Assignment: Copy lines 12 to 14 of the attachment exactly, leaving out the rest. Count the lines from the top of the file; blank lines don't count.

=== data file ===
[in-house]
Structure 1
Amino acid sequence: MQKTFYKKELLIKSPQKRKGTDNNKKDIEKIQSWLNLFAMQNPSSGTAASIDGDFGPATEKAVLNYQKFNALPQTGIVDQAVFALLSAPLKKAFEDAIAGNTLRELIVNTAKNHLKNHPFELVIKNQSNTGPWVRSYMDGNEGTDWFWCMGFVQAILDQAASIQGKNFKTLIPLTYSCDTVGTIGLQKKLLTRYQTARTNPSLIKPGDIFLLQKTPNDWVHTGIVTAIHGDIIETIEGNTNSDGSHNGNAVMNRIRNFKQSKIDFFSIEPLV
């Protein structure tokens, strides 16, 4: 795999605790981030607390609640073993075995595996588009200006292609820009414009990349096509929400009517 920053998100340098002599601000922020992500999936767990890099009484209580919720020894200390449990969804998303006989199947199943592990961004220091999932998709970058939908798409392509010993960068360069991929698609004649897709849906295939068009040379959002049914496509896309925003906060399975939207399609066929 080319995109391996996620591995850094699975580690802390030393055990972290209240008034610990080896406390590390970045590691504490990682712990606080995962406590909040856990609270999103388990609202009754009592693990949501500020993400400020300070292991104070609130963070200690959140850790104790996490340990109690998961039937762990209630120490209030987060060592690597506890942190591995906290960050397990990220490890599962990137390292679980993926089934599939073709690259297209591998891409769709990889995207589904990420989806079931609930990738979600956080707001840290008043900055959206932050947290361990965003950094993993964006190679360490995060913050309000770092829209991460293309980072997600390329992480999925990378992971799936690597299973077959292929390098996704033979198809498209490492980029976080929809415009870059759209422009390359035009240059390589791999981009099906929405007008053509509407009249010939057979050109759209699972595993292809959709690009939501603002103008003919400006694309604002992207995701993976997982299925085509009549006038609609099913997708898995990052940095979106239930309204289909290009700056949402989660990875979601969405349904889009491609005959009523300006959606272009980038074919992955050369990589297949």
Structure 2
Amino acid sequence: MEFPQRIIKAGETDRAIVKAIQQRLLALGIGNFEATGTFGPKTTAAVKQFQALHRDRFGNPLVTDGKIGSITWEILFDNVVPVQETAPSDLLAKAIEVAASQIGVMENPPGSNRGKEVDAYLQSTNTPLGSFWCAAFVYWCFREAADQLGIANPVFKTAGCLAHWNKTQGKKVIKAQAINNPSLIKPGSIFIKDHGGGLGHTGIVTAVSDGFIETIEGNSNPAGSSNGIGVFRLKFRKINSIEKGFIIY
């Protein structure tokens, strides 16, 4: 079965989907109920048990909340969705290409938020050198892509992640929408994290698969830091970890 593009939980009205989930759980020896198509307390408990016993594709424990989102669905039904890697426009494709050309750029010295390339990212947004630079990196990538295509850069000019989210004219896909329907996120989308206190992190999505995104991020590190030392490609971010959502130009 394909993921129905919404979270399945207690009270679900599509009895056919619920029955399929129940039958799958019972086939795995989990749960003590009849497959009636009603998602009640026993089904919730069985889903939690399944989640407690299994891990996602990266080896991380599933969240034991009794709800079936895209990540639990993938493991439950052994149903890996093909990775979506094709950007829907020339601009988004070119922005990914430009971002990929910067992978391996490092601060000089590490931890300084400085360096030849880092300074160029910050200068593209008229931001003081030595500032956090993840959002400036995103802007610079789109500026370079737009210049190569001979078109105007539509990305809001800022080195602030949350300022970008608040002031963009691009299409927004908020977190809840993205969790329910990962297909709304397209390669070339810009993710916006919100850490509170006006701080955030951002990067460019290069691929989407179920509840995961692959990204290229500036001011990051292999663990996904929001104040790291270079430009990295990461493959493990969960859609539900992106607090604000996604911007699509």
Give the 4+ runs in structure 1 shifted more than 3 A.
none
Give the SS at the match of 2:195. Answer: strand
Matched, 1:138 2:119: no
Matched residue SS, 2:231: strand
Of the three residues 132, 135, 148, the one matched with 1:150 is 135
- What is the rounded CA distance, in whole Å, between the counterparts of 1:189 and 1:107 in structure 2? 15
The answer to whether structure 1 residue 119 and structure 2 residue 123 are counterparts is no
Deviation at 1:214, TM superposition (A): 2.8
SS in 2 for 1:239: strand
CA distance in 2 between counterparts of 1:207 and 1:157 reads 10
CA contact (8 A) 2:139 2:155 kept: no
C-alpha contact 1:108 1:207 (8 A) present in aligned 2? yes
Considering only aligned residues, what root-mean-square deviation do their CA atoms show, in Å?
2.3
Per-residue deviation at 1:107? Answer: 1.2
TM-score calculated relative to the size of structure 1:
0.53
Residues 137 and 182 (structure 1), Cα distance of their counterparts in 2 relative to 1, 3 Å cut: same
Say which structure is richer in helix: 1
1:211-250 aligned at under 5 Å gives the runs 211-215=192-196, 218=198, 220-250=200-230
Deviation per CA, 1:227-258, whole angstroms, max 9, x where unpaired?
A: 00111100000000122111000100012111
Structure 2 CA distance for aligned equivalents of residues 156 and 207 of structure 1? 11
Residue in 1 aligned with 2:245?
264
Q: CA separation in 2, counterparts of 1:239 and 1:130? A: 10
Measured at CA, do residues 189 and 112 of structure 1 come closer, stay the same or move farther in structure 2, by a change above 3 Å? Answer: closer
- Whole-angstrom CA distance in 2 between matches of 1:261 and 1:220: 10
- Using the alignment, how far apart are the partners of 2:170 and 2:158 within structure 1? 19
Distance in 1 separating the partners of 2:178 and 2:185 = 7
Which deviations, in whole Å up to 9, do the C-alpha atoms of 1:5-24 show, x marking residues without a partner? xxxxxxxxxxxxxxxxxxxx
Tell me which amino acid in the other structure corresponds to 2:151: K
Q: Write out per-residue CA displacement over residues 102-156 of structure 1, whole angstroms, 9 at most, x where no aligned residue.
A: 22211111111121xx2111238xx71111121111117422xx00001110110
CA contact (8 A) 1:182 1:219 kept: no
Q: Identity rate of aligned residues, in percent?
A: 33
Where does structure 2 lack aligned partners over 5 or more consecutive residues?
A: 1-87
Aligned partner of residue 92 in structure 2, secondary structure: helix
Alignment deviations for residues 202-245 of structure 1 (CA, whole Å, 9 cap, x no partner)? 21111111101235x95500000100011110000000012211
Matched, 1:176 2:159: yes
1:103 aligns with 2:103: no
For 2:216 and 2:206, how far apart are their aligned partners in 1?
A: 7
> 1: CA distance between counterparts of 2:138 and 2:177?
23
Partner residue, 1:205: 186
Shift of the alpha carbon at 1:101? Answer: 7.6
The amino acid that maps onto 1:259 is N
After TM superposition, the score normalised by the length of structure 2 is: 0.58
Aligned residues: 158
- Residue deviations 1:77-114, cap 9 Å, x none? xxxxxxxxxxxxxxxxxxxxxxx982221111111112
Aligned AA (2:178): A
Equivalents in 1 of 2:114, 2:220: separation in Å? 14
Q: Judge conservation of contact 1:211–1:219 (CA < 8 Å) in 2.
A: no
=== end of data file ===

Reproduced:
Matched residue SS, 2:231: strand
Of the three residues 132, 135, 148, the one matched with 1:150 is 135
- What is the rounded CA distance, in whole Å, between the counterparts of 1:189 and 1:107 in structure 2? 15